The U.S. is on pace to leapfrog Saudi Arabia and Russia and reclaim the title of the world’s biggest oil producer for the first time since the 1970s.
The latest forecast from the U.S. Energy Information Administration predicts U.S. output will grow next year to 11.8 million barrels a day.
“If the forecast holds, that would make the U.S. the world’s leading producer of crude,” said Linda Capuano, who heads the agency, a part of the Energy Department.
Saudi Arabia and Russia could upend that forecast by boosting their own production. In the face of rising global oil prices, members of the OPEC cartel and a few non-members including Russia agreed last month to ease production caps that had contributed to the run-up in prices.
President Donald Trump has urged the Saudis to pump more oil to contain rising prices. He tweeted June 30 King Salman agreed to boost production “maybe up to 2,000,000 barrels.” The White House later clarified the king said his country has a reserve of 2 million barrels a day that could be tapped “if and when necessary.”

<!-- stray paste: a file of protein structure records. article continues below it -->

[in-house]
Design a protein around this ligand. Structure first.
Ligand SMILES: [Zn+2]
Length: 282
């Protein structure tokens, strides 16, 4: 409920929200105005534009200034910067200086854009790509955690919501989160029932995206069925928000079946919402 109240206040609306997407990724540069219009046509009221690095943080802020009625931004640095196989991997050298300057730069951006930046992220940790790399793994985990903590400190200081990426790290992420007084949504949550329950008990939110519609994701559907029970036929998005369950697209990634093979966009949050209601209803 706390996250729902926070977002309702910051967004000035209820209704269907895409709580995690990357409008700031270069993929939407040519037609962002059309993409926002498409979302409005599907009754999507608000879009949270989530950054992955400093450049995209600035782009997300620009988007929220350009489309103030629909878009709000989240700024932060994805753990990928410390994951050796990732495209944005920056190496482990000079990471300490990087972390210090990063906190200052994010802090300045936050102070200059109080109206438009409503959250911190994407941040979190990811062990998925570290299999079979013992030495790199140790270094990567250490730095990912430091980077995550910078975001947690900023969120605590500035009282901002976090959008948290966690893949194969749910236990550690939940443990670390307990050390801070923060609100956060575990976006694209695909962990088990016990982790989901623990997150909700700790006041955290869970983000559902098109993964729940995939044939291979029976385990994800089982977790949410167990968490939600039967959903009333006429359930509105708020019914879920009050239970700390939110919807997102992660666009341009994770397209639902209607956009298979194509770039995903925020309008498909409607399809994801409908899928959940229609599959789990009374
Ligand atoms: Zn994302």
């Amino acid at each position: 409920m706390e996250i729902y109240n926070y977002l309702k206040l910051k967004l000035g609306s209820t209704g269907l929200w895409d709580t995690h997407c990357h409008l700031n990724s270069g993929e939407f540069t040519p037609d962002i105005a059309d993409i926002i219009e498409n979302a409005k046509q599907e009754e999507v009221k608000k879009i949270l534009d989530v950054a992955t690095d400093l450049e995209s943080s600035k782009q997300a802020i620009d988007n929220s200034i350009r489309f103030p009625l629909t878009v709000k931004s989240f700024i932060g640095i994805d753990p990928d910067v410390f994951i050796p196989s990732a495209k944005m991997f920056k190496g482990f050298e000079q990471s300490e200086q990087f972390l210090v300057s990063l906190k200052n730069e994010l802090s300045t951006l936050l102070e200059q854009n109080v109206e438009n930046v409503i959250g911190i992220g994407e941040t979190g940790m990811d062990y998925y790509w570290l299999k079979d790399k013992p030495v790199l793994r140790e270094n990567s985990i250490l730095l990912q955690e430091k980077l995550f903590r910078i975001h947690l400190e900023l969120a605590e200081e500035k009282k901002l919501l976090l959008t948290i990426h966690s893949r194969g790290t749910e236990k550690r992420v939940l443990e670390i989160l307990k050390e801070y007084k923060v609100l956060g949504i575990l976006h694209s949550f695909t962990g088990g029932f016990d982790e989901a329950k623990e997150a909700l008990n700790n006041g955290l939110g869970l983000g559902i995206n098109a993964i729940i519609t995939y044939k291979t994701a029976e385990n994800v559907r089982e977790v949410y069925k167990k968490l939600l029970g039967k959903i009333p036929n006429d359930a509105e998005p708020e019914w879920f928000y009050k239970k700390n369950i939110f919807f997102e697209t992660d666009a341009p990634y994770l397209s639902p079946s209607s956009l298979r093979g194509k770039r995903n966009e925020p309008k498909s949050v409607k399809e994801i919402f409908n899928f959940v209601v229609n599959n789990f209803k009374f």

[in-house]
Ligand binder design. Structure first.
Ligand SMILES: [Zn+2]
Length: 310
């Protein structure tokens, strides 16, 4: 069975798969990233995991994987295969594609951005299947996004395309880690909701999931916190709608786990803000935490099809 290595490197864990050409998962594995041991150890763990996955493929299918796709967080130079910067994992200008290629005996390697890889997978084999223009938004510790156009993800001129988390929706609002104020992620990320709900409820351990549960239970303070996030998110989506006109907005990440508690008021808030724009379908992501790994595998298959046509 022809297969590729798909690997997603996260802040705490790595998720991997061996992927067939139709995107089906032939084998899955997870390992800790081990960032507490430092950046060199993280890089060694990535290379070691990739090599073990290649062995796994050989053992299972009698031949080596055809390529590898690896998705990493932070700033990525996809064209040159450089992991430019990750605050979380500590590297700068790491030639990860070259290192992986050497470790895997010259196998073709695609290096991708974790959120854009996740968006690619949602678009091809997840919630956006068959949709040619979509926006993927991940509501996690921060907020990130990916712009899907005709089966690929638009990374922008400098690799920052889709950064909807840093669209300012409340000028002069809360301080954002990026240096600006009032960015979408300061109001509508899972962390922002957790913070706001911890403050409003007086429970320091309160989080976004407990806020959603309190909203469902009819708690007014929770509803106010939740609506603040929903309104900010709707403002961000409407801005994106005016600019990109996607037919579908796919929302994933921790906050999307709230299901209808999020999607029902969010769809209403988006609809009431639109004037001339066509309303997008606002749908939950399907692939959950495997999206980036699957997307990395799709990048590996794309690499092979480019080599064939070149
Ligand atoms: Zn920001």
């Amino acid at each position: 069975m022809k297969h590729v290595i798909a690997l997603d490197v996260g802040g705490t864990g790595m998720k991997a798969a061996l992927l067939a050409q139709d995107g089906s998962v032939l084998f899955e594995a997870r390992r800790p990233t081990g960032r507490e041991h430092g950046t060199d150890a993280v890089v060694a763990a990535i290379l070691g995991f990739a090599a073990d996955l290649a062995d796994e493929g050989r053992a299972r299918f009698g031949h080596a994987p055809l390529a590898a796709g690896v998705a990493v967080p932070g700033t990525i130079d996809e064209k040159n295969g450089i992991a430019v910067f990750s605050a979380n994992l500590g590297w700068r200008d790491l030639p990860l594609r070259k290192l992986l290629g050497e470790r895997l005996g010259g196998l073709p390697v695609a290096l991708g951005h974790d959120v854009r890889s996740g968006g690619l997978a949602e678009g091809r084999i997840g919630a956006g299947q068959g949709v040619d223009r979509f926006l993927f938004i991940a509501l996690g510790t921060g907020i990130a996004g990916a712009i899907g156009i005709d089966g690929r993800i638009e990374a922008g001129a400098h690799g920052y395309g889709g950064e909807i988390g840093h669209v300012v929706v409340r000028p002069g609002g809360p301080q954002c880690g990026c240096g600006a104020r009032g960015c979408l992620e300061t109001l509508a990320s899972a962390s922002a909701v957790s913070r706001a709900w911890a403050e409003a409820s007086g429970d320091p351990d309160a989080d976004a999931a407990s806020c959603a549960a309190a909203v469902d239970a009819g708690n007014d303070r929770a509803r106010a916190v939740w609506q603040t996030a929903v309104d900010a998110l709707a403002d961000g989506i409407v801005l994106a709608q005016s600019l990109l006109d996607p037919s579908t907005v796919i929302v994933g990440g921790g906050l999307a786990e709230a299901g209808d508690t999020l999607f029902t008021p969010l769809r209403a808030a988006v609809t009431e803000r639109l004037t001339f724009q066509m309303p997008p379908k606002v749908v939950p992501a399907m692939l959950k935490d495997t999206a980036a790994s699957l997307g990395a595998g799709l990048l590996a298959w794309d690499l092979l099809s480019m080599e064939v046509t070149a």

The United States led the world in oil production for much of the 20th century, but the Soviet Union surpassed America in 1974, and Saudi Arabia did the same in 1976, according to Energy Department figures.
By the end of the 1970s the USSR was producing one-third more oil than the U.S.; by the end of the 1980s, Soviet output was nearly double that of the U.S.
The last decade or so has seen a revolution in American energy production, however, led by techniques including hydraulic fracturing, or fracking, and horizontal drilling.
Those innovations — and the breakup of the Soviet Union — helped the U.S. narrow the gap, although Russia and Saudi Arabia pumped more crude than the U.S. last year.